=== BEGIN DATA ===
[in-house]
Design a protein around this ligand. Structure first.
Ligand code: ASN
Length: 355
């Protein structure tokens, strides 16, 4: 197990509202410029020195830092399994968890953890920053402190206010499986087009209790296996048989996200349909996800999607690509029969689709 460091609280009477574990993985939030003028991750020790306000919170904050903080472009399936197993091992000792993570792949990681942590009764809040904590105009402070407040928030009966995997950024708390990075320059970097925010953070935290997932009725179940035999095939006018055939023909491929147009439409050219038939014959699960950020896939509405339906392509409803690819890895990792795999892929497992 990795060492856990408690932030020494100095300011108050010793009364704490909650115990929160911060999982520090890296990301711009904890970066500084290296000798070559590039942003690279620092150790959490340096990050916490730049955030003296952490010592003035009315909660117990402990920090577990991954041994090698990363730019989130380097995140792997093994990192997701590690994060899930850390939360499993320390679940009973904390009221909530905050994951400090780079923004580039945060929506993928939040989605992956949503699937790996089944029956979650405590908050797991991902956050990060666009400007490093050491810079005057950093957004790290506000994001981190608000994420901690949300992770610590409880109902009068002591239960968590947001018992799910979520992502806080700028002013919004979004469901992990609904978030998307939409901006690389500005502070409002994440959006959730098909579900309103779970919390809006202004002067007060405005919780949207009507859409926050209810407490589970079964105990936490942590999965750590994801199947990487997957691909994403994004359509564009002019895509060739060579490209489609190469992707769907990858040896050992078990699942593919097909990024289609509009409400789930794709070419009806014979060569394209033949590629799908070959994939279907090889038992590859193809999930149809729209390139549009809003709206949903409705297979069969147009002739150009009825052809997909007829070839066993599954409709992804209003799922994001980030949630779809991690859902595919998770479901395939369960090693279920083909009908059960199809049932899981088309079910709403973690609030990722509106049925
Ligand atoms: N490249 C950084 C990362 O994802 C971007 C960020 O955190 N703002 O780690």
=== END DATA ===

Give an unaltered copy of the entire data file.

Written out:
[in-house]
Design a protein around this ligand. Structure first.
Ligand code: ASN
Length: 355
């Protein structure tokens, strides 16, 4: 197990509202410029020195830092399994968890953890920053402190206010499986087009209790296996048989996200349909996800999607690509029969689709 460091609280009477574990993985939030003028991750020790306000919170904050903080472009399936197993091992000792993570792949990681942590009764809040904590105009402070407040928030009966995997950024708390990075320059970097925010953070935290997932009725179940035999095939006018055939023909491929147009439409050219038939014959699960950020896939509405339906392509409803690819890895990792795999892929497992 990795060492856990408690932030020494100095300011108050010793009364704490909650115990929160911060999982520090890296990301711009904890970066500084290296000798070559590039942003690279620092150790959490340096990050916490730049955030003296952490010592003035009315909660117990402990920090577990991954041994090698990363730019989130380097995140792997093994990192997701590690994060899930850390939360499993320390679940009973904390009221909530905050994951400090780079923004580039945060929506993928939040989605992956949503699937790996089944029956979650405590908050797991991902956050990060666009400007490093050491810079005057950093957004790290506000994001981190608000994420901690949300992770610590409880109902009068002591239960968590947001018992799910979520992502806080700028002013919004979004469901992990609904978030998307939409901006690389500005502070409002994440959006959730098909579900309103779970919390809006202004002067007060405005919780949207009507859409926050209810407490589970079964105990936490942590999965750590994801199947990487997957691909994403994004359509564009002019895509060739060579490209489609190469992707769907990858040896050992078990699942593919097909990024289609509009409400789930794709070419009806014979060569394209033949590629799908070959994939279907090889038992590859193809999930149809729209390139549009809003709206949903409705297979069969147009002739150009009825052809997909007829070839066993599954409709992804209003799922994001980030949630779809991690859902595919998770479901395939369960090693279920083909009908059960199809049932899981088309079910709403973690609030990722509106049925
Ligand atoms: N490249 C950084 C990362 O994802 C971007 C960020 O955190 N703002 O780690």